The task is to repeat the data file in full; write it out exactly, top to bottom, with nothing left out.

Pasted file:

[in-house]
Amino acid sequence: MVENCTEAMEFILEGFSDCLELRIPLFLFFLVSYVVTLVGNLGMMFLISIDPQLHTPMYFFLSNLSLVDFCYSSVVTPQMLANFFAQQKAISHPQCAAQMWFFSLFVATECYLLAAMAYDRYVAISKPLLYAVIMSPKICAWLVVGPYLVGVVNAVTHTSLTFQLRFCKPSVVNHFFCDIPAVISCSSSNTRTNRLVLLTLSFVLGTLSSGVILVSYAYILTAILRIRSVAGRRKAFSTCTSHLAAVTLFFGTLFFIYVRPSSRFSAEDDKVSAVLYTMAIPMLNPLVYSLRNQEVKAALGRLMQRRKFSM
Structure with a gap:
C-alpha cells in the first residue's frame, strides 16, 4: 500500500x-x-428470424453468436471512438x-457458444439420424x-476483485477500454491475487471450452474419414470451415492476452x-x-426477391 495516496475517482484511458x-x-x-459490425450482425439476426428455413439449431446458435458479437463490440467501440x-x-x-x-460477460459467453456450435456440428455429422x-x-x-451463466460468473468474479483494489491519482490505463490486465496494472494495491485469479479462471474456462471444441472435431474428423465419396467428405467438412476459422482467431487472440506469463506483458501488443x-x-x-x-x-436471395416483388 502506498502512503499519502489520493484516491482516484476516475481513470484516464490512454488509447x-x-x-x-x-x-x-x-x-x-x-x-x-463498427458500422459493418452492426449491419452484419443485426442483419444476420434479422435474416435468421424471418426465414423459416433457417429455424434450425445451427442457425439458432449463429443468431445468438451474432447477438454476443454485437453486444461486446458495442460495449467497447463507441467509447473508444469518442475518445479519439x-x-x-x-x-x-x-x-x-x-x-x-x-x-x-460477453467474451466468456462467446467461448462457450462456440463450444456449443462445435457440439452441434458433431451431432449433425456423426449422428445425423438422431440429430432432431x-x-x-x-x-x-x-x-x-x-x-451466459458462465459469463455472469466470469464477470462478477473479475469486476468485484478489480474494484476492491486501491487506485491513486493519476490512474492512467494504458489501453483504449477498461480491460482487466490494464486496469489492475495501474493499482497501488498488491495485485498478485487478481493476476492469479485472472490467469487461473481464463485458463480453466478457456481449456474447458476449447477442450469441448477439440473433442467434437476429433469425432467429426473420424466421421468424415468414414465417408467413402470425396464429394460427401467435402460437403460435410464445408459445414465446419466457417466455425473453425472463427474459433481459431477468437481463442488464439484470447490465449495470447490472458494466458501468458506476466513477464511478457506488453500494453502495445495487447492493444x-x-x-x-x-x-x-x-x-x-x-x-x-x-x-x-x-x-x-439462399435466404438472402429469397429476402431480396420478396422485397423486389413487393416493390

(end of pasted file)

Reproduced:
[in-house]
Amino acid sequence: MVENCTEAMEFILEGFSDCLELRIPLFLFFLVSYVVTLVGNLGMMFLISIDPQLHTPMYFFLSNLSLVDFCYSSVVTPQMLANFFAQQKAISHPQCAAQMWFFSLFVATECYLLAAMAYDRYVAISKPLLYAVIMSPKICAWLVVGPYLVGVVNAVTHTSLTFQLRFCKPSVVNHFFCDIPAVISCSSSNTRTNRLVLLTLSFVLGTLSSGVILVSYAYILTAILRIRSVAGRRKAFSTCTSHLAAVTLFFGTLFFIYVRPSSRFSAEDDKVSAVLYTMAIPMLNPLVYSLRNQEVKAALGRLMQRRKFSM
Structure with a gap:
C-alpha cells in the first residue's frame, strides 16, 4: 500500500x-x-428470424453468436471512438x-457458444439420424x-476483485477500454491475487471450452474419414470451415492476452x-x-426477391 495516496475517482484511458x-x-x-459490425450482425439476426428455413439449431446458435458479437463490440467501440x-x-x-x-460477460459467453456450435456440428455429422x-x-x-451463466460468473468474479483494489491519482490505463490486465496494472494495491485469479479462471474456462471444441472435431474428423465419396467428405467438412476459422482467431487472440506469463506483458501488443x-x-x-x-x-436471395416483388 502506498502512503499519502489520493484516491482516484476516475481513470484516464490512454488509447x-x-x-x-x-x-x-x-x-x-x-x-x-463498427458500422459493418452492426449491419452484419443485426442483419444476420434479422435474416435468421424471418426465414423459416433457417429455424434450425445451427442457425439458432449463429443468431445468438451474432447477438454476443454485437453486444461486446458495442460495449467497447463507441467509447473508444469518442475518445479519439x-x-x-x-x-x-x-x-x-x-x-x-x-x-x-460477453467474451466468456462467446467461448462457450462456440463450444456449443462445435457440439452441434458433431451431432449433425456423426449422428445425423438422431440429430432432431x-x-x-x-x-x-x-x-x-x-x-451466459458462465459469463455472469466470469464477470462478477473479475469486476468485484478489480474494484476492491486501491487506485491513486493519476490512474492512467494504458489501453483504449477498461480491460482487466490494464486496469489492475495501474493499482497501488498488491495485485498478485487478481493476476492469479485472472490467469487461473481464463485458463480453466478457456481449456474447458476449447477442450469441448477439440473433442467434437476429433469425432467429426473420424466421421468424415468414414465417408467413402470425396464429394460427401467435402460437403460435410464445408459445414465446419466457417466455425473453425472463427474459433481459431477468437481463442488464439484470447490465449495470447490472458494466458501468458506476466513477464511478457506488453500494453502495445495487447492493444x-x-x-x-x-x-x-x-x-x-x-x-x-x-x-x-x-x-x-439462399435466404438472402429469397429476402431480396420478396422485397423486389413487393416493390